Liebeck was hospitalized for six days. On discharge, she required 24-hour care and, due to the severity of her burns, fainted while undergoing whirlpool therapy. She had to endure debridement -- the cutting away of burned tissue -- before being readmitted for skin grafting, which required another hospital stay of two days. Doctors removed skin from the outside of her thighs and grafted it to the inside of her thighs and her buttocks. Photographs of the injury shown in "Hot Coffee" are downright horrific.
"I was concerned she wasn't going to make it," her daughter told me.
What swayed the jury was evidence that McDonald's had already gotten more than 700 complaints of injuries from its coffee, which was then served at temperatures of 180 to 190 degrees, higher than the industry standard. Liebeck and other customers had no way of knowing that.
"If you spill, the most you should expect is that you will mess up an outfit, (it will) cause you to say 'ouch' and maybe give you red skin -- not ... put you in the hospital and give you lifelong scars," Allen said.
McDonald's probably could have settled the case for $20,000, but it chose not to. After a weeklong trial, a jury of 12 unanimously found McDonald's liable and assessed damages not only to compensate Liebeck for her injuries (in the amount of $200,000, less 20 percent for her contributory negligence), but also to punish McDonald's given its knowledge of the danger posed by its exceedingly hot coffee. The jury determined the punitive damages by calculating how much McDonald's makes from coffee sales in two days, which ended up being $2.7 million. The judge reduced that award to three times the compensatory damages, making Liebeck's total award roughly $640,000.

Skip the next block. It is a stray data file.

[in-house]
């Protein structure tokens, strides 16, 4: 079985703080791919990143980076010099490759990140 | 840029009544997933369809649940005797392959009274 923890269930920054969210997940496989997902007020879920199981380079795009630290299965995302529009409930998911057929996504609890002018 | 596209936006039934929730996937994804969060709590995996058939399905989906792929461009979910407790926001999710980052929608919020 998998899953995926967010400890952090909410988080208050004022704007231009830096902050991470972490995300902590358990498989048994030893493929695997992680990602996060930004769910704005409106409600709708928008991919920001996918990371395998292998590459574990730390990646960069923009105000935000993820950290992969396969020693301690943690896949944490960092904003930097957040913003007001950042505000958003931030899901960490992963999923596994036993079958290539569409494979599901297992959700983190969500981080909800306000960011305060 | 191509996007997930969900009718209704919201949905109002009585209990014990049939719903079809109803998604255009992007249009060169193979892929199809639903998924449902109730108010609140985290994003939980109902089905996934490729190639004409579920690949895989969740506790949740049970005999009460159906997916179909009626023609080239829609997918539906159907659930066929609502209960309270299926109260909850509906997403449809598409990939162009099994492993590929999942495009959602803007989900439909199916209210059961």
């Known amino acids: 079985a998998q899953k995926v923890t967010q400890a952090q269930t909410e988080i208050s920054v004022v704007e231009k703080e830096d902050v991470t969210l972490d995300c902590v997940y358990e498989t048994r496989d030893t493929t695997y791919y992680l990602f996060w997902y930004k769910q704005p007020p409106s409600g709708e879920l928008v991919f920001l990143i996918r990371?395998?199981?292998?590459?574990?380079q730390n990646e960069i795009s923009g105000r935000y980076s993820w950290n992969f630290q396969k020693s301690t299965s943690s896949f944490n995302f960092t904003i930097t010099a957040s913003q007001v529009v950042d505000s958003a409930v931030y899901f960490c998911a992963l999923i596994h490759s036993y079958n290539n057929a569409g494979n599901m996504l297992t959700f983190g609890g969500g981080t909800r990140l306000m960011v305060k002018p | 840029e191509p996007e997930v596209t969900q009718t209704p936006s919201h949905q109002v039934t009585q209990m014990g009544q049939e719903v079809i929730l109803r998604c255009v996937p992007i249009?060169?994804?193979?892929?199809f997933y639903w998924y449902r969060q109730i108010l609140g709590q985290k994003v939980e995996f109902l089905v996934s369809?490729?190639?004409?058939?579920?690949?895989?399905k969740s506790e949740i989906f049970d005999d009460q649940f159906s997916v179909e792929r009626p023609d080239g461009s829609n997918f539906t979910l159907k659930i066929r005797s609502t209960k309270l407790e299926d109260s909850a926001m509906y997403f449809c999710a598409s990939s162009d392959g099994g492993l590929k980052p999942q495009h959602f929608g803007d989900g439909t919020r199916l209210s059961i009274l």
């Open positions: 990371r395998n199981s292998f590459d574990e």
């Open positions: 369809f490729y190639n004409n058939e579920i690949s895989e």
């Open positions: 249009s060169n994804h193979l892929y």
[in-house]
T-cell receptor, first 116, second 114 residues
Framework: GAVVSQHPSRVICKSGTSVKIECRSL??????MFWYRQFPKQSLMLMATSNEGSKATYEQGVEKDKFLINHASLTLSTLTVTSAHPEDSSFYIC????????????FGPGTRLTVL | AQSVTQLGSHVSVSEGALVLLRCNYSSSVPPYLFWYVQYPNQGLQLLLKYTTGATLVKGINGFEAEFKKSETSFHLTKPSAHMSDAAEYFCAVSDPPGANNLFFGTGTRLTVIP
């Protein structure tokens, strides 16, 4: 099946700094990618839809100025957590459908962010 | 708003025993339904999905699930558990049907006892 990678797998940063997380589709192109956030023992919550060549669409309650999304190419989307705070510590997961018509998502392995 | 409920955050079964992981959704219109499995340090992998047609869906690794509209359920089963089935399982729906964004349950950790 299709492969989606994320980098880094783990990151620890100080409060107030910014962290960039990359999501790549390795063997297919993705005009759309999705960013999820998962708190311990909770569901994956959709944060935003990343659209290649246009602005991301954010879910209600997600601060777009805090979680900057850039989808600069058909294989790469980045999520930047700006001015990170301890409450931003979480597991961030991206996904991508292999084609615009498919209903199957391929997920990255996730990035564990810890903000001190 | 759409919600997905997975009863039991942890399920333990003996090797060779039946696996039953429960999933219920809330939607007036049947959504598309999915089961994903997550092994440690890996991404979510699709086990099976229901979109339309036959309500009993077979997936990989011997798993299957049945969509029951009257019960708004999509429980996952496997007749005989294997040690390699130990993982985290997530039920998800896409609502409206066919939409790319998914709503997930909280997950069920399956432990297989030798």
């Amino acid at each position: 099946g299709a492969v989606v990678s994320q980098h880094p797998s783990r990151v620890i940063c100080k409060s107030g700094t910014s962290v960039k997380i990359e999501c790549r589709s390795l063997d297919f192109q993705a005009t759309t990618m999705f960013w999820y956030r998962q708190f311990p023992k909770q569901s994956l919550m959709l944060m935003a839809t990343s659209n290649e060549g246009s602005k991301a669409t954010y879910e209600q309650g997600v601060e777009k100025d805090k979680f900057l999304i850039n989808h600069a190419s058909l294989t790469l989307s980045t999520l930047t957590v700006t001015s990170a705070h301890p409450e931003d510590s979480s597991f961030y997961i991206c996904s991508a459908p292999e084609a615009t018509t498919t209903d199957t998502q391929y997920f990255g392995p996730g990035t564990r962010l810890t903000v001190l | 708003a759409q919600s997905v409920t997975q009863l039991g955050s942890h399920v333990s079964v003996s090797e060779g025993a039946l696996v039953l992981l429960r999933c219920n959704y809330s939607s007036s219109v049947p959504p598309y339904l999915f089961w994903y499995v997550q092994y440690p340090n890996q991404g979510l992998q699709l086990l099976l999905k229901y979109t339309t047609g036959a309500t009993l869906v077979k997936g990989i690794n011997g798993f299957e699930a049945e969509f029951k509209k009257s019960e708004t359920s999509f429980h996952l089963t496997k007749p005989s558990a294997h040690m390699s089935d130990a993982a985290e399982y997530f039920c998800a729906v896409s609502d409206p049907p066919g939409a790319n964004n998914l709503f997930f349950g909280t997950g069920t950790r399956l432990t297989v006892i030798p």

Hardly the multimillion-dollar manipulation of the jury system that the case has since been made out to be. Hence the need for a documentary like "Hot Coffee."
We've all seen cases in which the punishment doesn't fit the crime. But, as Casey Anthony and Stella Liebeck have proven, sometimes the jury-bashing and television prognosticating don't fit, either.
Michael Smerconish writes a weekly column for The Philadelphia Inquirer. Readers may contact him via www.smerconish.com.